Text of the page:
Taxing Social Security Payments
Well-meaning proposals to change tax law are sometimes made without knowledge or consideration of their ramifications.
A dozen years ago, I was one of the founders of the non-partisan New Mexico Tax Research Institute expressly because lawmakers needed to be made aware of the ramifications of proposed tax law changes. Over the years, its programs twice each year are well-attended by legislators and others interested in sound tax policy for New Mexico.
A recent Op-Ed in the Albuquerque Journal by a couple of tax experts serves as an example of why proposed tax law changes should first receive careful scrutiny.
A SOCIAL SECURITY TAX BREAK WON’T HELP NM’S POOR
By JAMES O’NEILL FORMER TAX POLICY DIRECTOR, NEW MEXICO TAXATION AND REVENUE DEPARTMENT AND BRIAN MCDONALD DIRECTOR EMERITUS, UNM BUREAU OF BUSINESS AND ECONOMIC RESEARCH
A guest column in the Oct. 23 Journal proposed exempting Social Security benefits from the state income tax as a way to assist New Mexico seniors who live in poverty. That proposal is misinformed and flawed.
Based on 2018 data, New Mexico now ranks 17th-highest – not third highest – in the nation for the percentage of seniors living in poverty. The percentage of poor seniors in New Mexico is now 10%, not much different from the national average of 9.7%.
Further, 16.6% of all New Mexicans live in poverty, 24% of all New Mexico children under age 18 live in poverty, and New Mexico leads the nation with 36.2% of children under age 5 living in poverty. New Mexico’s poverty problem is not principally within the senior demographic.
The loss of $73 million in state tax revenues from this proposal would reduce the amounts of money available for state spending, including educational, health care and child care programs benefiting poor New Mexicans. It would make New Mexico even more dependent upon oil and gas revenues. And the tax exemption for Social Security benefits would open the door to further erosion of the state income tax base, as there will certainly be efforts to exempt other retirement income, such as pensions for military, first responders, educators and other state and local government employees.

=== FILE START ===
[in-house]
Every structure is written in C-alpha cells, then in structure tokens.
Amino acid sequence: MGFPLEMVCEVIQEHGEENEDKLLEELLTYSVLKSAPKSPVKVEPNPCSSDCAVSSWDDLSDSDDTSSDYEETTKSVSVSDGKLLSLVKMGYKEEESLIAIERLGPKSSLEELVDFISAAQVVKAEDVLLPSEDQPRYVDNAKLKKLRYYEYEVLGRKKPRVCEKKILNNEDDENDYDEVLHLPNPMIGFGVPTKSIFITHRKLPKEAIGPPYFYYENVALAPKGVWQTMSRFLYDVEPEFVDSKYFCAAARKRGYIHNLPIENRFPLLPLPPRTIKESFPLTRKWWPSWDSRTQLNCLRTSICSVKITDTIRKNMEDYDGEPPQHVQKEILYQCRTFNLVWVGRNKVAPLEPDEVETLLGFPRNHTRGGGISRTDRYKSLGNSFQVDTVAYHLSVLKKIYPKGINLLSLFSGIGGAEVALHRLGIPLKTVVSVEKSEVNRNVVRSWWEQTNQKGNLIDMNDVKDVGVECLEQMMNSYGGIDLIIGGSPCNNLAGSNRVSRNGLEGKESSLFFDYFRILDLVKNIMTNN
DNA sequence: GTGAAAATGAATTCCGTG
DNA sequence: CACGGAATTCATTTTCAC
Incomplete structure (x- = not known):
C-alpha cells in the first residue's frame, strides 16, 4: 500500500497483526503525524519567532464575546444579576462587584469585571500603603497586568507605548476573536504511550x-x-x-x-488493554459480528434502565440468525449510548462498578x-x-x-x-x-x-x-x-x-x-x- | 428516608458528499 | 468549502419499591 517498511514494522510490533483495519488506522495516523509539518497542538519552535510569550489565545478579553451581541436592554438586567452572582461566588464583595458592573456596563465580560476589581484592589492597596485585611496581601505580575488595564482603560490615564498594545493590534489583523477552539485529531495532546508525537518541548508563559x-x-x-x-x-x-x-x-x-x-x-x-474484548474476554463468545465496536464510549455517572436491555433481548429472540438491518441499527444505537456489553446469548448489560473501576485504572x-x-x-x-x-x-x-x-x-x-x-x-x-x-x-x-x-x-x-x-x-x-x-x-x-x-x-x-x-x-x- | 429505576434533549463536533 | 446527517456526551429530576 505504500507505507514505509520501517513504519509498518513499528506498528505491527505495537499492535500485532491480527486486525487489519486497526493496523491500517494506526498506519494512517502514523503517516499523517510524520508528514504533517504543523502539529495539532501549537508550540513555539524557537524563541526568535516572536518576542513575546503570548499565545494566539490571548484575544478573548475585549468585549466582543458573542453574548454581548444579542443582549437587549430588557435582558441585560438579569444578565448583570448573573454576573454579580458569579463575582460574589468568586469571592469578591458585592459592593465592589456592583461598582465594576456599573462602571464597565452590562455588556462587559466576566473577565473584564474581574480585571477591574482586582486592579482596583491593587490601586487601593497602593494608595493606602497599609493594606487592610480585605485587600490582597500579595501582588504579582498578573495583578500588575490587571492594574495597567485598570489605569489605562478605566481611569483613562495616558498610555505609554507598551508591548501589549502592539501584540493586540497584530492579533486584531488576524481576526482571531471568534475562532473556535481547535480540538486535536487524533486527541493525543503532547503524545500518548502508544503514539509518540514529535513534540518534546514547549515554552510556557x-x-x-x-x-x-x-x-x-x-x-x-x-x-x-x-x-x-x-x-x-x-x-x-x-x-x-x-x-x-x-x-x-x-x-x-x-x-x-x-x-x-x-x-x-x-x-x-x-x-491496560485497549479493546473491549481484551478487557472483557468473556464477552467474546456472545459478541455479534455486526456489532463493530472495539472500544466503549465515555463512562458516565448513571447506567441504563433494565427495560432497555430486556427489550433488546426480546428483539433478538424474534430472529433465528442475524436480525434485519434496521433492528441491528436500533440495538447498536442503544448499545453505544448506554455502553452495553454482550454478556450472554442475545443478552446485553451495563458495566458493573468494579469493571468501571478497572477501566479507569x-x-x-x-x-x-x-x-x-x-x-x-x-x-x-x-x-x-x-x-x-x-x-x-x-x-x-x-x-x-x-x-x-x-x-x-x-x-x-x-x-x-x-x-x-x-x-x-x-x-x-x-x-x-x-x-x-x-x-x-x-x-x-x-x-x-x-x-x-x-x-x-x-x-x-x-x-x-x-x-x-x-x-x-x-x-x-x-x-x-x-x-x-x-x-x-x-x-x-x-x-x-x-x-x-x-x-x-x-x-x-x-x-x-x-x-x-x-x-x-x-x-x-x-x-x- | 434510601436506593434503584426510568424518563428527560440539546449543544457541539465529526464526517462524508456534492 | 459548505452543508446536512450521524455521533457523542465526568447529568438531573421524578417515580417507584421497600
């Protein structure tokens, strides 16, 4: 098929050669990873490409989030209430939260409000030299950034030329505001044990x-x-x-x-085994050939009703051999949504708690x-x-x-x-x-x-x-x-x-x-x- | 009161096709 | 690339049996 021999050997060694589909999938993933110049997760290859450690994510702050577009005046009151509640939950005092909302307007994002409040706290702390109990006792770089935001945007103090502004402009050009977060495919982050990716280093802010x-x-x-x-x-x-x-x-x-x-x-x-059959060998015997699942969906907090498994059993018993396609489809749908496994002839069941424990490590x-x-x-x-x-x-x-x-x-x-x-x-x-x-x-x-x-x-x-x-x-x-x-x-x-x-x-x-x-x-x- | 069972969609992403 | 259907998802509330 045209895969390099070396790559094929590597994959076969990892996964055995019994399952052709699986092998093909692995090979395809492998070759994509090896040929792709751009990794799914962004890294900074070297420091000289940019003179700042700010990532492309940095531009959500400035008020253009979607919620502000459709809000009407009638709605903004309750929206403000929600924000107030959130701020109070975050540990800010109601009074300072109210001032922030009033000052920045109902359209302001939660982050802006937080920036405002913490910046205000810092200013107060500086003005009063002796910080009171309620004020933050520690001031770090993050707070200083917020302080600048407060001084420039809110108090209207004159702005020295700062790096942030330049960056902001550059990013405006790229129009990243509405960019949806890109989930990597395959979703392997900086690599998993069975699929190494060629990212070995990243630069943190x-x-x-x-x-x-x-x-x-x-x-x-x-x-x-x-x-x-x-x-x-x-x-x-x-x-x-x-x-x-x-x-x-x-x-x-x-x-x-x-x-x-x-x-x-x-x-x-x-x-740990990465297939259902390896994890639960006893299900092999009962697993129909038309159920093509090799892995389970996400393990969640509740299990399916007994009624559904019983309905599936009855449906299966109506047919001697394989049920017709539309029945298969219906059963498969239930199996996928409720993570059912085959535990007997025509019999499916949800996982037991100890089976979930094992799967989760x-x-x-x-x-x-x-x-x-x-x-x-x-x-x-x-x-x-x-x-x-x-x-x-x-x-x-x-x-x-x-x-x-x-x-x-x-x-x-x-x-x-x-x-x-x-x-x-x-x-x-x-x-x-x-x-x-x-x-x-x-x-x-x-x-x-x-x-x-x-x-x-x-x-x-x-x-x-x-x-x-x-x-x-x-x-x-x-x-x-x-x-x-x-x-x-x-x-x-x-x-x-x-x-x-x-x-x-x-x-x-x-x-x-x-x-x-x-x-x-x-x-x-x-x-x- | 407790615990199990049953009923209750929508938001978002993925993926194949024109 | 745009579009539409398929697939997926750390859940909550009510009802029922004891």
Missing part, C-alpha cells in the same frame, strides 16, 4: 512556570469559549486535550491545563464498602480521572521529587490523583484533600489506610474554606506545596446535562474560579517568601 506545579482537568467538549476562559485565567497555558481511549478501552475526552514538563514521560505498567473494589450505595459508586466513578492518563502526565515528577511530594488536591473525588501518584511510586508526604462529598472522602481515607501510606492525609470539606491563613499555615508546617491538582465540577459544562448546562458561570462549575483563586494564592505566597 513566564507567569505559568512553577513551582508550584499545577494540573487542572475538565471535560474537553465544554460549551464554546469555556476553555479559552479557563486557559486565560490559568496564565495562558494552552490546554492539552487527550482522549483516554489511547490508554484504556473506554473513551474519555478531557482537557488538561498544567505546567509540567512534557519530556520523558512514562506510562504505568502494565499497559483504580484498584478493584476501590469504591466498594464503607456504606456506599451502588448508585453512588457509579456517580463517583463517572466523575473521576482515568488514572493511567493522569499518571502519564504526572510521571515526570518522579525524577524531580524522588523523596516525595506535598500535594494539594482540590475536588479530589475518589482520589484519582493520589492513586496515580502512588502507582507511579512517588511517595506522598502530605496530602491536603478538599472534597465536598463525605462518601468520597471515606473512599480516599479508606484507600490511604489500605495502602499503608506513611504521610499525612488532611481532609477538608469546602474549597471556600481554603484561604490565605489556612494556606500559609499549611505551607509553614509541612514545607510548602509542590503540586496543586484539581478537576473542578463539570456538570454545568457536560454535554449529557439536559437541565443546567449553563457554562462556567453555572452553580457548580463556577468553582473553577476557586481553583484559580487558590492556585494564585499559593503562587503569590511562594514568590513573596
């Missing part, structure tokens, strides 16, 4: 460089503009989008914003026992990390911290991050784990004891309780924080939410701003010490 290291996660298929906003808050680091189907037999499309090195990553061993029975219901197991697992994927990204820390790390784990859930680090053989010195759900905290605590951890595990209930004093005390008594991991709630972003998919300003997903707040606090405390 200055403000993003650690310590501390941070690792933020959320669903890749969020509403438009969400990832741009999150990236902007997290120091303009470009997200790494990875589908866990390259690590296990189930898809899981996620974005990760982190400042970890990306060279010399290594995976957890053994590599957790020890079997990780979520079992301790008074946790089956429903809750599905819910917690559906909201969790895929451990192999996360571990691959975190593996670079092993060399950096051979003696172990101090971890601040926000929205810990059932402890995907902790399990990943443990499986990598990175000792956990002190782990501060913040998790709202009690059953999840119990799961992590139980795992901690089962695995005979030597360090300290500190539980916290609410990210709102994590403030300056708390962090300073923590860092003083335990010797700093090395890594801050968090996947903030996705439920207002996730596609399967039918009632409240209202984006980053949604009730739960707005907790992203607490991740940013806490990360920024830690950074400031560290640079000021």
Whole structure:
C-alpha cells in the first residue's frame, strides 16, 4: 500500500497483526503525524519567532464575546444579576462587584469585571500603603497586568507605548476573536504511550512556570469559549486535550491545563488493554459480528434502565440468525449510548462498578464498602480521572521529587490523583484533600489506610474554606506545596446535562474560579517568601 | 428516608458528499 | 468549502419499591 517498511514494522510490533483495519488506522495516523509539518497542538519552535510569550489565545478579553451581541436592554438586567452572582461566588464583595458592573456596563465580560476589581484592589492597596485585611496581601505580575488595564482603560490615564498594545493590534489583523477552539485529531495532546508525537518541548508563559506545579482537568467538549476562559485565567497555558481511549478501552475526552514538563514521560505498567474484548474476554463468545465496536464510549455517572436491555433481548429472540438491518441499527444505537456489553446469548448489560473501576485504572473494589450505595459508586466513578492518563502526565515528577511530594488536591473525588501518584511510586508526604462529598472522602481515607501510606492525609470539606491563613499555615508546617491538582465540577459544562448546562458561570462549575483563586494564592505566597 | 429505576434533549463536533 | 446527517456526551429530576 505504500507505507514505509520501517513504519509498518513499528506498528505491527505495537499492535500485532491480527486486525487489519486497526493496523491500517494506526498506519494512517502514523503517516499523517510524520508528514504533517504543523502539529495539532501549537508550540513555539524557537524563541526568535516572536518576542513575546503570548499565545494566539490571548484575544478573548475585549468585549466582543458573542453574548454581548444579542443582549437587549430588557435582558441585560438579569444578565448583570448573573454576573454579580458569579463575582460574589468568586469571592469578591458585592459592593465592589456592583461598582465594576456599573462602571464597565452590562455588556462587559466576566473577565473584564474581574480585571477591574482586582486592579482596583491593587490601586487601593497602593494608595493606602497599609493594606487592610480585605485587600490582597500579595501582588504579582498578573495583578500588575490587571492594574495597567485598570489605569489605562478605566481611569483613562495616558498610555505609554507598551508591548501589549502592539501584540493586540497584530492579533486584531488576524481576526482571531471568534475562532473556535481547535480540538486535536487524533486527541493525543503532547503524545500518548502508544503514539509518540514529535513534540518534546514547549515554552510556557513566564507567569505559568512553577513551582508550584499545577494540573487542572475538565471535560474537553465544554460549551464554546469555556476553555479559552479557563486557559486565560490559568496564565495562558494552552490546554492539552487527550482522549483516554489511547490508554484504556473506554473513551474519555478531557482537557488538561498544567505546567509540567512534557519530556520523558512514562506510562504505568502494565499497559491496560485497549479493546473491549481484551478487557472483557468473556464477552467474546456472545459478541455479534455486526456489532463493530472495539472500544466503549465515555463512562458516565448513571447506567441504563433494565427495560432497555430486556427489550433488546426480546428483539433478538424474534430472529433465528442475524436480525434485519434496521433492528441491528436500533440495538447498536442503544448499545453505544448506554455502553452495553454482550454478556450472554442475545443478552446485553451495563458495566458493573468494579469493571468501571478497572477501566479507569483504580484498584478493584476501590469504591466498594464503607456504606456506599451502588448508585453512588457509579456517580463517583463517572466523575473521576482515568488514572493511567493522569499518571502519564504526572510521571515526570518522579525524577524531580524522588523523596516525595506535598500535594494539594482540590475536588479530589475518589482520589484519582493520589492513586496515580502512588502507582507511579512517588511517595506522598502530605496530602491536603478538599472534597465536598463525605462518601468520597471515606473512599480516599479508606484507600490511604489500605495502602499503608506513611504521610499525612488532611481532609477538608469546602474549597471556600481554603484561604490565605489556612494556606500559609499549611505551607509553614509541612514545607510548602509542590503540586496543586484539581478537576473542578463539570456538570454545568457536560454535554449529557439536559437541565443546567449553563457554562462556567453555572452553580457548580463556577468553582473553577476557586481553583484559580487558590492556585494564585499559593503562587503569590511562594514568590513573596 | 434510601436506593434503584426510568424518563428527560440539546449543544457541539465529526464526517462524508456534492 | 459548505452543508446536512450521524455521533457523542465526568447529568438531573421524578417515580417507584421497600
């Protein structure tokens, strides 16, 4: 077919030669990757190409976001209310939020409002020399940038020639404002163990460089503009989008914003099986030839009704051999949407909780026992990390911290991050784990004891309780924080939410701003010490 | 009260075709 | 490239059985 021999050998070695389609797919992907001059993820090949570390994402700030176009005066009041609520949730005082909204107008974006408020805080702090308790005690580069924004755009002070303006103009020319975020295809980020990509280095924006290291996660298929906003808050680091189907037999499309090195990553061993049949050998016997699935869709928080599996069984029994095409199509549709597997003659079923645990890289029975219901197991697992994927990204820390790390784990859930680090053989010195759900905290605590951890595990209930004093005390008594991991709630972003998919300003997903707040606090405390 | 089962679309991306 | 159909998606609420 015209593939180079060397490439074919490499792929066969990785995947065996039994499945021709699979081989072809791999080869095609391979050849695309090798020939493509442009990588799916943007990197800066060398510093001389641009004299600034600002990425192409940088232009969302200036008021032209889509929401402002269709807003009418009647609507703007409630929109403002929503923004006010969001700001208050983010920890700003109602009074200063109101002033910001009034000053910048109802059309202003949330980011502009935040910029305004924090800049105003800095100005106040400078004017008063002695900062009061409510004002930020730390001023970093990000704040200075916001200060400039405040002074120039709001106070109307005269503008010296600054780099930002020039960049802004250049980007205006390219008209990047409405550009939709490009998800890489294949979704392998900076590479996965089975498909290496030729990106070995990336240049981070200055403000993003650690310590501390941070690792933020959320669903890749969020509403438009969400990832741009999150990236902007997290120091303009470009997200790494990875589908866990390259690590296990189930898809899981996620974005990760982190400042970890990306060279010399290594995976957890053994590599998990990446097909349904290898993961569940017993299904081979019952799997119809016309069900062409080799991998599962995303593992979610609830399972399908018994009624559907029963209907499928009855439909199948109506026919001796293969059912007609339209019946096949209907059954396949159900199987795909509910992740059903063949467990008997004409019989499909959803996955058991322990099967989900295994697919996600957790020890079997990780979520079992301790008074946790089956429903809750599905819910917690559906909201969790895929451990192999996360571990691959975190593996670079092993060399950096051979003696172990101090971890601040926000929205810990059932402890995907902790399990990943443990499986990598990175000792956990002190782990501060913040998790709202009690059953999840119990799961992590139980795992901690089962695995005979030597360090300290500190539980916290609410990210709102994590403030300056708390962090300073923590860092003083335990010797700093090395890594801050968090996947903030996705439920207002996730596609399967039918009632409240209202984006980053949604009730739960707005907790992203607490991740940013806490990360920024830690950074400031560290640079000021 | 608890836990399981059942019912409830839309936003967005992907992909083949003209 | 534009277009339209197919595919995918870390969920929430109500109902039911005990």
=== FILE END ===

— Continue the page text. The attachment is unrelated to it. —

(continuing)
More to the point, most poor seniors do not pay state income tax now on Social Security, so they would receive no benefit from this proposal. In 2016, the IRS reported 242,340 tax returns from elderly taxpayers in New Mexico, while just 127,870 of them, 52.8%, reported taxable Social Security income on their federal income tax return – the basis for the New Mexico income tax. And of those 127,870, IRS data indicate that only 14,100 had adjusted gross income less than $25,000 and reported just 1.43% of all taxable Social Security income for all New Mexicans.
The federal and New Mexico tax codes already ensure that poor seniors will not pay income tax on Social Security benefits. Income including Social Security must exceed $32,000 for a married joint filer and $25,000 for a single filer before Social Security benefits are considered taxable income. If Social Security below these amounts is the only source of income for a senior, there is no need to even file a tax return.
New Mexico already has targeted tax policy to reduce or eliminate income taxes for low-income seniors. The New Mexico Low and Middle Income Tax Exemption allows up to an additional exemption of $2,500 for all low income taxpayers – a single filer making less than $36,667 and a married filer making less than $55,000. And New Mexico has an additional exemption of $8,000, targeted at low-income seniors with retirement income including Social Security: a single filer making less than $18,000, phased out at income of $28,500, and a married filer making less than $30,000, phased out at income of $51,000. Strengthening these two existing state income tax provisions would be a more efficient way to further benefit low-income seniors rather than eliminating a tax that very few of them pay.
A secondary argument for not taxing Social Security income was that an exemption will have economic development benefits by attracting retirees to the state. This assertion is unsupported by data and seems unlikely. Taxpayers with very high incomes and substantial Social Security benefits pay about two or three thousand dollars in state income tax on those benefits. Their decisions on retirement locations are more likely to be governed by considerations of weather and locations of children, grandchildren and friends than by modest possible tax savings. This proposal is principally an upper-middle/high-income tax cut masquerading as an anti-poverty measure. It would do little to help poor seniors but would reduce the progressivity of our income tax and impair state revenues, which will be essential when the current oil and gas boom recedes.
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